GPS Navigation—Just What Is the Best Way to Drive from Point A to Point B?
The Automotive PND (Portable Navigation Device) is most certainly not dead—just largely ignored by consumers over the last few years. This has led to many proclamations of its demise. How did this happen?
Ever since sales reached a peak in 2008 with nearly 45 million devices sold globally, sales have been dropping, with forecasts becoming more grim. According to the Consumer Technology Association’s (CTA) 2016 January Sales and Forecast Book for the US, 2011 saw 12,315 thousand units sold for $1,343 million in sales while 2016 projected numbers are 3,785 thousand units with $431 million in sales.
While many new cars include a navigation system, the primary villain behind the pronouncement of doom is the smartphone. It’s also taken a huge bite out of compact cameras, music players, camcorders and portable game players. The smartphone is a multi-tool, which is undeniably handy. But like all multi-tools, it must make compromises for everything to fit. And when it comes to navigation, compromises abound.
It’s up to you to exploit those weaknesses and turn them into PND sales—because there are STILL potential customers out there. According to that same CTA study, 9% of US households plan to purchase one in 2016—that’s 11 million households! 56% of them will be repeat buyers, while 44% will be first timers.
Common Smartphone Arguments:
- Already have the phone so it’s free
- Very portable, usable everywhere
- Responsive HD touchscreen
- Many free GPS app choices. Some more robust apps are available for a small fee and may include offline-use maps
- Free integrated traffic alerts and frequent map updates
- Multitasks. Handy access to web browser for related Internet searches and active phone number links that can be called by simply tapping
- Sometimes locates position more quickly since a map app uses both satellite and cellular signals
PND Strengths and Counterarguments:
- No data overages or monthly fees. One-time only expenditure even includes mount. Smartphones aren’t truly free, as they have to be purchased, have recurring monthly fees and require a separate vehicle mount. Constant map app usage runs up data charges
- Rugged, dedicated device. It can be easily dismounted and stowed in car. Not likely to get misplaced, lost or damaged. Sharable.
- Big, sunlight-readable screen and loud volume. Most screens much larger and brighter than smartphones. Fonts and graphics optimized for simplicity and viewing at a distance. Voice directions loud enough to be heard over road noise and traffic sounds.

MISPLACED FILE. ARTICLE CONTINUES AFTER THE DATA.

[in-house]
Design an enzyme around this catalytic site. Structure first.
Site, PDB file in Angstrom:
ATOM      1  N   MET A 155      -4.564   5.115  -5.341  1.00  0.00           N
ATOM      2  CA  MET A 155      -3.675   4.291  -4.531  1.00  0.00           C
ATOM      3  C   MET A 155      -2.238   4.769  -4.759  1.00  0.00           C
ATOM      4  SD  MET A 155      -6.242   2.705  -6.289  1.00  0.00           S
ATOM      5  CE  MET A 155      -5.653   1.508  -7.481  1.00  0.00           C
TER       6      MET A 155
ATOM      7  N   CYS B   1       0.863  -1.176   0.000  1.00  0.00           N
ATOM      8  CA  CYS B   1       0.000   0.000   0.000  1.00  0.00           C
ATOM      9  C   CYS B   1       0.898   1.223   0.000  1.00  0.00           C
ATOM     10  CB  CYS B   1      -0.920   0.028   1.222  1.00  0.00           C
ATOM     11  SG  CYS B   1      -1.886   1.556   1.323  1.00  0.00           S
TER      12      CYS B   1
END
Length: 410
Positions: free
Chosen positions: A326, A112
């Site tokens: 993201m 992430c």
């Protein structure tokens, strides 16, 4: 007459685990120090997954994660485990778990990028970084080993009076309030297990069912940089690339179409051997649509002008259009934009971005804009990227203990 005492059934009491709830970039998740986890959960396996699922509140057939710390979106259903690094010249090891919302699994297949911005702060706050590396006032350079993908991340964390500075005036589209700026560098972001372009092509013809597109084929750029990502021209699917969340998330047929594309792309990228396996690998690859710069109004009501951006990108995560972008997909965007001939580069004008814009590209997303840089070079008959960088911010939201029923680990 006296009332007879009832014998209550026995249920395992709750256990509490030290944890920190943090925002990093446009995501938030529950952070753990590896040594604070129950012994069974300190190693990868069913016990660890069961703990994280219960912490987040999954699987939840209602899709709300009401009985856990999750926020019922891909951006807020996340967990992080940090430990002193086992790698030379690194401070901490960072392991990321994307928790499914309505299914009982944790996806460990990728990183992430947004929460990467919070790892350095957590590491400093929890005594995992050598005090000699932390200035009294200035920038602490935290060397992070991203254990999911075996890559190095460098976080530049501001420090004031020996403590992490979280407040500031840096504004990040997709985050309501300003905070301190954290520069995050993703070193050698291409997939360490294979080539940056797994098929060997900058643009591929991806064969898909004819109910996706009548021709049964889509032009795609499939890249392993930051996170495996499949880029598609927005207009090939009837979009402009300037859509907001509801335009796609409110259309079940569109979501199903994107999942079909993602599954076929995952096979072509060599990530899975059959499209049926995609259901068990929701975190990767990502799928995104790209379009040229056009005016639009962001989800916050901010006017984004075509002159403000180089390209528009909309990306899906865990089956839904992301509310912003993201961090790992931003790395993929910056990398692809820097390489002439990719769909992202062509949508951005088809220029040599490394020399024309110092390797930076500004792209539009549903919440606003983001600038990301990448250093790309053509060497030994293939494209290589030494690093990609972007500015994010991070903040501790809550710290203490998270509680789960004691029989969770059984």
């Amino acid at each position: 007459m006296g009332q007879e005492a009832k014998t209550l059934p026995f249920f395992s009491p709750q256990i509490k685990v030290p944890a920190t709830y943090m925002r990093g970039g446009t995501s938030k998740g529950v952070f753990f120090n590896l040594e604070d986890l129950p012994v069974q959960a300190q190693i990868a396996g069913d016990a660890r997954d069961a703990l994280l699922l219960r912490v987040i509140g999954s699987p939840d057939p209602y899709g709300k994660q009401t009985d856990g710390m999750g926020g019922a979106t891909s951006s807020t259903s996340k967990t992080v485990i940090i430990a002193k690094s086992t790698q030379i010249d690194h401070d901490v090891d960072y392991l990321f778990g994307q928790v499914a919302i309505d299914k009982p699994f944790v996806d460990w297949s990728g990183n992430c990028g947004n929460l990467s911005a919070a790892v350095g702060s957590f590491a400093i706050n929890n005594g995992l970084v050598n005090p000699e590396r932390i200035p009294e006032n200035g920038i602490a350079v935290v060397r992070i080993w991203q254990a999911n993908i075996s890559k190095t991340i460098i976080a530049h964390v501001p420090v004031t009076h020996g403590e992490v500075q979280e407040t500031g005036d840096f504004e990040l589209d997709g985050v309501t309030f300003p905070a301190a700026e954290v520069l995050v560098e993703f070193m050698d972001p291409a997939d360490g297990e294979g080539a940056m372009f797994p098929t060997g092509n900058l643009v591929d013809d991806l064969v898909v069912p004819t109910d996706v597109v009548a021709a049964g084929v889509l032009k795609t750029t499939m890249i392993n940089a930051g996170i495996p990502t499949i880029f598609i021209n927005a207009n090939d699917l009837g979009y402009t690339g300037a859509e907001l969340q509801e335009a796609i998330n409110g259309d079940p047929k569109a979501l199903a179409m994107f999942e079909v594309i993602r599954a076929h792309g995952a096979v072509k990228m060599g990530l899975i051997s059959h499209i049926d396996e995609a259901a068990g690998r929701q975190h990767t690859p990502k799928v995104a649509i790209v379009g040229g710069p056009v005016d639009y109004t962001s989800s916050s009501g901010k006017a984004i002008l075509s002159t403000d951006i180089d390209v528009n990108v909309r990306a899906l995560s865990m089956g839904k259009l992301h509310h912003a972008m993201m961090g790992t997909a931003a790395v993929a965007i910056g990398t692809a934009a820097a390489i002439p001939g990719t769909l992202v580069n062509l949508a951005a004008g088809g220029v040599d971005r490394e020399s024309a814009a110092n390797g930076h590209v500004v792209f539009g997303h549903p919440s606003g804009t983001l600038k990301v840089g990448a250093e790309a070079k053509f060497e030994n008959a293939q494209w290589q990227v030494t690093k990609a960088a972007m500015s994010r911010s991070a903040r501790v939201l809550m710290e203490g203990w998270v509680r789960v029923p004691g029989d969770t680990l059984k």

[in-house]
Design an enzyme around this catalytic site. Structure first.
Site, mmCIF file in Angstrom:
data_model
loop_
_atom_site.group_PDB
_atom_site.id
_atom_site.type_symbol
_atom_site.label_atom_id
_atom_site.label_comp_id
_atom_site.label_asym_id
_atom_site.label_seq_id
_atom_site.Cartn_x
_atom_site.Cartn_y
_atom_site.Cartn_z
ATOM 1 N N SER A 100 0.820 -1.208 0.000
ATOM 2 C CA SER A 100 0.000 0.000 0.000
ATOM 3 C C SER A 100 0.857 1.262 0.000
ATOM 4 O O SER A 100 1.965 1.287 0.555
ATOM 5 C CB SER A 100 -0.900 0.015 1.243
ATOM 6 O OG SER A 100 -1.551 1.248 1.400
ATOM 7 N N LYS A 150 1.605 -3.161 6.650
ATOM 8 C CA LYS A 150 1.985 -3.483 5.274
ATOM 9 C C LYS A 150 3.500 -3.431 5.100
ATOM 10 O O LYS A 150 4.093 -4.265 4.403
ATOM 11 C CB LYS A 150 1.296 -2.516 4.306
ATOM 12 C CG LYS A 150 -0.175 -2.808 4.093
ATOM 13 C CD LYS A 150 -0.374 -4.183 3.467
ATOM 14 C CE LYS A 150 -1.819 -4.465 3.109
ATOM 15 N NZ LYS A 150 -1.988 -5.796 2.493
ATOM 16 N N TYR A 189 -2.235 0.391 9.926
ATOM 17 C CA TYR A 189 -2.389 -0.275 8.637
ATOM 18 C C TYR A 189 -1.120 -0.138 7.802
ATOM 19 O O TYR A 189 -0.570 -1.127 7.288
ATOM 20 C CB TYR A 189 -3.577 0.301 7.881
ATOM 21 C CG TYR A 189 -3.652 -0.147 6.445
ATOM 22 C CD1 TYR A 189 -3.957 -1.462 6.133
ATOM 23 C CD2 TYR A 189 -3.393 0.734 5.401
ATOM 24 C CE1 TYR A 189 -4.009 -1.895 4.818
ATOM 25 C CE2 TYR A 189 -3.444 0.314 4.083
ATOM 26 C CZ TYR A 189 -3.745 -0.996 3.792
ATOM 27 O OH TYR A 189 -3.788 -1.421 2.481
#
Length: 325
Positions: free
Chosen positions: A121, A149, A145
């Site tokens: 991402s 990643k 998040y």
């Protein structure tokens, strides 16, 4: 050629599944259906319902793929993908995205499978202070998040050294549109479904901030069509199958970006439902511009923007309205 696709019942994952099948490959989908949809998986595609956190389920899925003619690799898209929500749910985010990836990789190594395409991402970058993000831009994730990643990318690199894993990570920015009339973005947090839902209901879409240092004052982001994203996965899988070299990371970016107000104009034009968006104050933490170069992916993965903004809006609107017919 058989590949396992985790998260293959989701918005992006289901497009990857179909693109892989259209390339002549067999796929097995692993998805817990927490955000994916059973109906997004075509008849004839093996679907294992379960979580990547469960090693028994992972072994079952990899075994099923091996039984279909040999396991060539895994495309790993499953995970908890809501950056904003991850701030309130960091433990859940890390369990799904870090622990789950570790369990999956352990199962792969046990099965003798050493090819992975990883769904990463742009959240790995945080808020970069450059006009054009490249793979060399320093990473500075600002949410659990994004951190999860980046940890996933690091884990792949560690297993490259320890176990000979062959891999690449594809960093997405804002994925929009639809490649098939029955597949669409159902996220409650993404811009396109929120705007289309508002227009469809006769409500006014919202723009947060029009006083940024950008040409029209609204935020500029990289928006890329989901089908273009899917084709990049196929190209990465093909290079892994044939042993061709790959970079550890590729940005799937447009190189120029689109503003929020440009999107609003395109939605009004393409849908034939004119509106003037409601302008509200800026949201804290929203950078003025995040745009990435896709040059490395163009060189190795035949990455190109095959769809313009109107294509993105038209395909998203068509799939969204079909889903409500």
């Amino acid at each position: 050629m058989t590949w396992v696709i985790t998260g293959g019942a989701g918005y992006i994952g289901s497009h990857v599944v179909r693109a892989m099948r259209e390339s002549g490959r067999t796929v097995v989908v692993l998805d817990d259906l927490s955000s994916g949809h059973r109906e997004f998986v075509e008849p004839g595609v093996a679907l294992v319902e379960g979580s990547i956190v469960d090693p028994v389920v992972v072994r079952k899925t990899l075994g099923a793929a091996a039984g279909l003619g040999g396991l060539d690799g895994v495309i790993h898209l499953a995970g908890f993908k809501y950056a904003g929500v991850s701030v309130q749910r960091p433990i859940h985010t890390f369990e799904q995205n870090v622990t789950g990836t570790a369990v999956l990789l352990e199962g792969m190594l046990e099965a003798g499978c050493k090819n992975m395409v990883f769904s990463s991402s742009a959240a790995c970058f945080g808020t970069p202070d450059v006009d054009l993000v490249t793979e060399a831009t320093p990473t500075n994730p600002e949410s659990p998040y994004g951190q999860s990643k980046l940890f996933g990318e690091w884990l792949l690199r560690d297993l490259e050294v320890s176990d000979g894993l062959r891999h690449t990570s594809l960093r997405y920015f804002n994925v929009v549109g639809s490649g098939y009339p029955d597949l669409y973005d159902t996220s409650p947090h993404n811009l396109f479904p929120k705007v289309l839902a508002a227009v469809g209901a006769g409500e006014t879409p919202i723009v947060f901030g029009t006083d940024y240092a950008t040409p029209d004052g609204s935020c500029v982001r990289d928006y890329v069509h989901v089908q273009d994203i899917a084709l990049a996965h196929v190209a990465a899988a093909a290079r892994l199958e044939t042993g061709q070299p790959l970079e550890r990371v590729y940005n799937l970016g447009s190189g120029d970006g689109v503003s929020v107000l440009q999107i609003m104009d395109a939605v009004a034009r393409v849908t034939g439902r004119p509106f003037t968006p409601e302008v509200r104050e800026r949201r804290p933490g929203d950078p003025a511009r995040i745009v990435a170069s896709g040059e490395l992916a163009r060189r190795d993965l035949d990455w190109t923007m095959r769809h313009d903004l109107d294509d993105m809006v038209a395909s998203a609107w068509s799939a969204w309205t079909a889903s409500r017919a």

- Customized, detailed programming with simplified interface for complete user control.
- Uses specialty navigational aids like 3D graphics, spoken turn-by-turn directions using street names or landmarks and multidestination routing.
- Maps always available, as they are preloaded. Free map apps are basic. Premium apps cost extra and offline map access requires a large chunk of smartphone memory.
- Available at many price points. Many offer free map and traffic alert updates (number of updates a year varies). Updates installed manually by user at his/her convenience.
- Navigation mode always full screen. Avoids smartphone multitasking pitfalls like minimizing, closing or pausing navigation app when using phone, doing searches, etc.
- Uses satellite signals. Works where there is no cellular service. Since map apps require both GPS and cellular signals, reliability can be affected in rural and remote areas
Upping the Stakes
PND manufacturers haven’t thrown in the towel. Many PNDs now include Bluetooth, a dash cam and even a rearview camera. Garmin, among others, is introducing driver awareness and safety alert features like lane departure and forward collision warnings, speed limits, dangerous curves and more. And solutions to driver frustrations, such as navigating complex areas like airports or malls or where to find the closest parking, are being addressed.
Then there are devices like the Magellan SmartGPS. Adopting the “if you can’t beat ’em, join ’em” strategy, it syncs to smartphones or tablets, plus uses smartphone-like apps to automatically receive information of lowest gas prices, reviews and deals from Yelp, traffic updates and more.
And now there’s the new OverDryve from Rand McNally. OverDryve is billed as a connected car GPS tablet and brings together a number of wide-ranging features. These include smart device syncing and audio streaming with playback through the vehicle’s stereo speakers, voice navigation, dash cam, trip planning, forward collision warnings and more. It will even read aloud incoming texts by integrating with the smart device’s built-in voice assistant. And it comes with a magnetic smart mount to keep the device in place and powered. OverDryve has received rave reviews from influential media like Car and Driver, Kelley Blue Book, Forbes, Motor Trend and the Chicago Tribune.
People are still buying PNDs. Manufacturers are continually introducing new features. And the more noise made about the advantages of automotive PNDs, the more public opinion can be swayed.
Stand-alone GPS for cars still makes sense. Arm your sales force with the pros and cons, run ads proclaiming PND superiority and post in your store the Smartphone vs. PND chart provided below. There are plenty of strong and compelling reasons why to buy a PND—plus 11 million households that want to buy one.
Looking for a printable version of the above chart? Get It HERE!